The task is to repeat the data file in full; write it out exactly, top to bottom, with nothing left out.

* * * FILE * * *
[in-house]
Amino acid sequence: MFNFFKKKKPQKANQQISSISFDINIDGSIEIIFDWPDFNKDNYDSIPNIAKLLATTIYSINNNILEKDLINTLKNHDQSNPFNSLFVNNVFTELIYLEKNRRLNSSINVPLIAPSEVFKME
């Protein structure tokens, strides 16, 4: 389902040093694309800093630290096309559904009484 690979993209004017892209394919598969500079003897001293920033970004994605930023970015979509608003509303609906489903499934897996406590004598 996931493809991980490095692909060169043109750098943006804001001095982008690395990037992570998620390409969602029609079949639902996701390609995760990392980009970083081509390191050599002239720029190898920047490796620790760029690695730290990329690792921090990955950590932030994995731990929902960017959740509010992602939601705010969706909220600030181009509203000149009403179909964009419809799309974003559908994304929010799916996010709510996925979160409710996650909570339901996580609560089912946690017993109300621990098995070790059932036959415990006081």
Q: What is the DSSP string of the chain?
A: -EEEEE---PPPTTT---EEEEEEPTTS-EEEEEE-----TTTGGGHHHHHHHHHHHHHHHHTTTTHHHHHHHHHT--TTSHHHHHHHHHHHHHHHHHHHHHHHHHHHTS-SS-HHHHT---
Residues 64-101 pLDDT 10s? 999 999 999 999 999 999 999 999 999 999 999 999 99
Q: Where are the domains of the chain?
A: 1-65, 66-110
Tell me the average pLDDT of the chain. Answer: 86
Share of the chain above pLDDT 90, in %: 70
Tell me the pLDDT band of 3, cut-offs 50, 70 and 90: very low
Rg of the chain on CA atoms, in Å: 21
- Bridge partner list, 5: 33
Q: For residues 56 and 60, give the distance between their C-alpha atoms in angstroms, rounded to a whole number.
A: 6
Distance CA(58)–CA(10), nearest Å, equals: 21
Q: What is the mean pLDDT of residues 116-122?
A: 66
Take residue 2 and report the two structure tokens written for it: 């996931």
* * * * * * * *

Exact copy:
[in-house]
Amino acid sequence: MFNFFKKKKPQKANQQISSISFDINIDGSIEIIFDWPDFNKDNYDSIPNIAKLLATTIYSINNNILEKDLINTLKNHDQSNPFNSLFVNNVFTELIYLEKNRRLNSSINVPLIAPSEVFKME
């Protein structure tokens, strides 16, 4: 389902040093694309800093630290096309559904009484 690979993209004017892209394919598969500079003897001293920033970004994605930023970015979509608003509303609906489903499934897996406590004598 996931493809991980490095692909060169043109750098943006804001001095982008690395990037992570998620390409969602029609079949639902996701390609995760990392980009970083081509390191050599002239720029190898920047490796620790760029690695730290990329690792921090990955950590932030994995731990929902960017959740509010992602939601705010969706909220600030181009509203000149009403179909964009419809799309974003559908994304929010799916996010709510996925979160409710996650909570339901996580609560089912946690017993109300621990098995070790059932036959415990006081």
Q: What is the DSSP string of the chain?
A: -EEEEE---PPPTTT---EEEEEEPTTS-EEEEEE-----TTTGGGHHHHHHHHHHHHHHHHTTTTHHHHHHHHHT--TTSHHHHHHHHHHHHHHHHHHHHHHHHHHHTS-SS-HHHHT---
Residues 64-101 pLDDT 10s? 999 999 999 999 999 999 999 999 999 999 999 999 99
Q: Where are the domains of the chain?
A: 1-65, 66-110
Tell me the average pLDDT of the chain. Answer: 86
Share of the chain above pLDDT 90, in %: 70
Tell me the pLDDT band of 3, cut-offs 50, 70 and 90: very low
Rg of the chain on CA atoms, in Å: 21
- Bridge partner list, 5: 33
Q: For residues 56 and 60, give the distance between their C-alpha atoms in angstroms, rounded to a whole number.
A: 6
Distance CA(58)–CA(10), nearest Å, equals: 21
Q: What is the mean pLDDT of residues 116-122?
A: 66
Take residue 2 and report the two structure tokens written for it: 């996931």